Analysis/Comment
The Irish Mind and the Knowledge Economy: Should we bank everything on fuzzy leprechaunic political dreams?
By Michael Hennigan, Editor and Founder of Finfacts
May 3, 2008 - 3:34 PM

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Praying or befuddled? - - Minister for Enterprise, Trade and Employment Micheál Martin announced on Wednesday 3rd October 2007 last that GlaxoSmithKline (GSK), with the support of IDA Ireland, is investing up to €14.6m in a collaboration with the Trinity College Institute of Neuroscience (TCIN) and NUI Galway, on a Research & Development programme for the discovery of new therapies to treat Alzheimer's Disease.

Prof Shane O'Mara, then IDA Chief Executive Sean Dorgan, Micheál Martin and Trinity College Provost Dr. John Hegarty.

Updated 2013

Irish Innovation: Evidence of science policy failure mounts

First published Jan 13, 2008 

"The Irish Mind. An abundant supply of that rare commodity you'll need to bring your business to peak performance. The Irish. Creative. Imaginative. And flexible. Agile minds with a unique capacity to initiate and innovate without being directed. Always thinking on their feet. Adapting and improving. Generating new knowledge and new ideas. Working together to find new ways of getting things done. Better and faster.

This flexible attitude pervades the ecosystem. Nowhere else will you find such close, frequently informal, links between enterprise, education and research facilities and a pro-business government. Connected by a dynamic information infrastructure. In Ireland, everything works together" -IDA Ireland (Irish State inward investment promotion agency).

Updated 2012:

Irish Science Policy: 2020 replaces 2013 as target to be 'best country in...world for scientific research'

Innovation Ireland & Inconvenient Facts: Sherlock and spin on Irish science

Innovation Ireland: Groupthink and vested interests pervade the ecosystem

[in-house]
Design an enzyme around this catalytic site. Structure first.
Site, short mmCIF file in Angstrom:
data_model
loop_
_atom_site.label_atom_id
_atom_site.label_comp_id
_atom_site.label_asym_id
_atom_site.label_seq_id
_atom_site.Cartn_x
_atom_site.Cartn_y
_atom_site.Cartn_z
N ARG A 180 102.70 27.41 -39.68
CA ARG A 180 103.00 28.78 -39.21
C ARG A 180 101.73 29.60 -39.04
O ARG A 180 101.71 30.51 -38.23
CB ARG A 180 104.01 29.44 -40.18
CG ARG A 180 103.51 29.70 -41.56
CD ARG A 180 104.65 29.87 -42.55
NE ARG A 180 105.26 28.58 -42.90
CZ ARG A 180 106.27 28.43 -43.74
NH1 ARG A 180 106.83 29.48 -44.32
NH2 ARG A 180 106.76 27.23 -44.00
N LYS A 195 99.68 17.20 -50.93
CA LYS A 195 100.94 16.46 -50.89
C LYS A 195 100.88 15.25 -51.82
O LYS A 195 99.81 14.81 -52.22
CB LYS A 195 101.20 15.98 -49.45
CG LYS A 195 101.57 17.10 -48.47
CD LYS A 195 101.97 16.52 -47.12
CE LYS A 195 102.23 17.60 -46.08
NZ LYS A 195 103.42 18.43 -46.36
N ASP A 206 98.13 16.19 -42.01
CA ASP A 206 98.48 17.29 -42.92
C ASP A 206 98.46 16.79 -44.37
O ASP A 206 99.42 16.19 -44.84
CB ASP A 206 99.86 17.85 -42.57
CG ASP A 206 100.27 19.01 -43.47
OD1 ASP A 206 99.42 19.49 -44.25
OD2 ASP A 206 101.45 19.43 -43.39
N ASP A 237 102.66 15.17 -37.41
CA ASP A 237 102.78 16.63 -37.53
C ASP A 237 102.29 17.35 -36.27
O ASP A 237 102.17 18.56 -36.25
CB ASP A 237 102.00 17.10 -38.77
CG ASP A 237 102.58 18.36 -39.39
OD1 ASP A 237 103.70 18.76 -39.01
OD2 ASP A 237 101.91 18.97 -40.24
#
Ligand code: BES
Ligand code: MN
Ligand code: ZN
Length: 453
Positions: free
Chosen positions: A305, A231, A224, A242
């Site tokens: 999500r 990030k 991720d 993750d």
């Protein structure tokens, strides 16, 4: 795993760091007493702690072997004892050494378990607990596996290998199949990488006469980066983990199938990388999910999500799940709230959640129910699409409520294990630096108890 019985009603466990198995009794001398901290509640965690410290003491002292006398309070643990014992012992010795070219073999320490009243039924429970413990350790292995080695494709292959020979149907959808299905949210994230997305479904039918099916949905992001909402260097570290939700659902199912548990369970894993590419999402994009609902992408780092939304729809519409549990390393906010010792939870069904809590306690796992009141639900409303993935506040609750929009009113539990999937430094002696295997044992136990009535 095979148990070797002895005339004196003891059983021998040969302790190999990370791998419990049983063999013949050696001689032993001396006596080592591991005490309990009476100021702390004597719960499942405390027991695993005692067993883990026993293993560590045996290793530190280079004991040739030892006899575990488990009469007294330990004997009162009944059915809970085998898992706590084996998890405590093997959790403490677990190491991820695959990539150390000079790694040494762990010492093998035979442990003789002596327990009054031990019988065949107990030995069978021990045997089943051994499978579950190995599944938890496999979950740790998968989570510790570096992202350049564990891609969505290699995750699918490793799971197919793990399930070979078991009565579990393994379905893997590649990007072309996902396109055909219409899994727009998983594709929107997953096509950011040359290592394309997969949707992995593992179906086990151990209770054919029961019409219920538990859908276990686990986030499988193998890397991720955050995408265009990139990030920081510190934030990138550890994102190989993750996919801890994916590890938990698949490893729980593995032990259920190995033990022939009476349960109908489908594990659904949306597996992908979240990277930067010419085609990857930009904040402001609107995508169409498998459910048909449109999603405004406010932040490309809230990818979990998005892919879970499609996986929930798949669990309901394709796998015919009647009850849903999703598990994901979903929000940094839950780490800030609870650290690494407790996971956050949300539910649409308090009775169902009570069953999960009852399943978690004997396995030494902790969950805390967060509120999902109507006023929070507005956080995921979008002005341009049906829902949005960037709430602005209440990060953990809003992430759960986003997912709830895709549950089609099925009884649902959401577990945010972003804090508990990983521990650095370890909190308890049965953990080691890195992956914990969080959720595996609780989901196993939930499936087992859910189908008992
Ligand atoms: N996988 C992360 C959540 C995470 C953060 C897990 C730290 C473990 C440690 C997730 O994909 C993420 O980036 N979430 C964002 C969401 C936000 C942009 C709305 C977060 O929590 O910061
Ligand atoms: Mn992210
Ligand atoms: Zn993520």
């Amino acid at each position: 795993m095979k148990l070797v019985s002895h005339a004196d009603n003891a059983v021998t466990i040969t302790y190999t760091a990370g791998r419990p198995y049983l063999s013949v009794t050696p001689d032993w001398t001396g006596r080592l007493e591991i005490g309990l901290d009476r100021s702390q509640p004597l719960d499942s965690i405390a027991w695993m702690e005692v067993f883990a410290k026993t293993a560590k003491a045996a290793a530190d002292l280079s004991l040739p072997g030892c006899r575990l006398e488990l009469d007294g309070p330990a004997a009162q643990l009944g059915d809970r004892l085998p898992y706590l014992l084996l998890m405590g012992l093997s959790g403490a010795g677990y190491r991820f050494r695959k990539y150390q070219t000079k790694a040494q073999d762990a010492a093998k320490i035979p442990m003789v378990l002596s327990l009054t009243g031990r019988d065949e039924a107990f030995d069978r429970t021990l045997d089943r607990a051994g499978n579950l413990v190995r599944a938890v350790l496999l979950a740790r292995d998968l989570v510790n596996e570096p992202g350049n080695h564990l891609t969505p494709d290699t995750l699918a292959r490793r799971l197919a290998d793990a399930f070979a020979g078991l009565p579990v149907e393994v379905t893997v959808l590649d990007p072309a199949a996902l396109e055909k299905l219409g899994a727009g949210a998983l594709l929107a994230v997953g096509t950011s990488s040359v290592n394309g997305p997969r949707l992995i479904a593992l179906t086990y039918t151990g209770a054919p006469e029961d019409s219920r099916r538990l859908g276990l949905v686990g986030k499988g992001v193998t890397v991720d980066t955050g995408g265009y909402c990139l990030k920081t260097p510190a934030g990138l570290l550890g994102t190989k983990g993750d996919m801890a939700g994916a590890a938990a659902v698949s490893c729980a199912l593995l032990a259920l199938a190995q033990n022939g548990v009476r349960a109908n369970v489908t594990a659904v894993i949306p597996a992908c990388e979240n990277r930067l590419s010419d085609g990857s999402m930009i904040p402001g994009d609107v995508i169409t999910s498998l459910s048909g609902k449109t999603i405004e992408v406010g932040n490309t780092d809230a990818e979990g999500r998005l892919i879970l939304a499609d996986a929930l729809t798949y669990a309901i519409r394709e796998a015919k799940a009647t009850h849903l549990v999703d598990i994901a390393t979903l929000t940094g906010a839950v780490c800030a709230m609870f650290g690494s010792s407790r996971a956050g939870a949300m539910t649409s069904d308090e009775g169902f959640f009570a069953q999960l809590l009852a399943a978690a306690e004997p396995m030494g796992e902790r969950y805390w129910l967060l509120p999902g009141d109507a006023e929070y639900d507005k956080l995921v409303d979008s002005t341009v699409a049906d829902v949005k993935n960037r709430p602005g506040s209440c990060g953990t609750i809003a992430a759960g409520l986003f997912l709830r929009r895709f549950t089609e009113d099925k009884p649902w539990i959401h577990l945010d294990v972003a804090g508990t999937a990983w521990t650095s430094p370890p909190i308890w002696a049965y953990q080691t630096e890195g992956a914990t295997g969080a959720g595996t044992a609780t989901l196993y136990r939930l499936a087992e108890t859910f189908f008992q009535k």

Irish Innovation: Ireland's faith-based goal to create world-class knowledge economy by 2013 -- Success or failure?

Every modern American president has felt compelled to spin the mantra that the US army is the best in the world. Maybe it is - maybe it isn't but the danger is that a received truth in the hands of an individual with an attention deficit problem, can have unintended consequences. In 2001, President George W. Bush's first Defense Secretary Donald Rumsfeld, colourfully illustrated the distinction between having knowledge and its use, when he said: A trained ape can know an awful lot of what is going on in this world, just by punching on his mouse for a relatively modest cost!

In Ireland, "knowledge economy" is a current buzz term and Minister for Enterprise, Trade and Employment Micheál Martin, a man with a weakness for superlatives, exudes confidence that"Ireland by 2013 will be internationally renowned for the excellence of its research, and will be to the forefront in generating and using new knowledge for economic and social progress, within an innovation driven culture."

Five years to go and looking ahead to that deadline, after ploughing through €8.2 billion of Exchequer funds, a skeptic like myself has some doubts. To borrow from Rumsfeld again, there are "known knowns, "known unknowns" and "unknown unknowns" and it's difficult to know which category some pertinent issues fall into.

What is striking is that there has been very little analysis of for example a public science budget of €2.51 billion in 2007.It may well be that  it will take until say 2025 to have a credible innovation culture in the economy but when construction will no longer sustain big budgets for researchers, what will happen?

Forfás the policy advisory agency, reported last year that the numbers of researchers working in the higher education sector, increased by almost 1,150 since a previous survey in 2004, to over 10,000. Since many researchers also teach, this equates to approximately 4,670 full-time equivalents (FTE's)- a similar level to Ireland's largest industrial employer Intel, the US computer chip giant.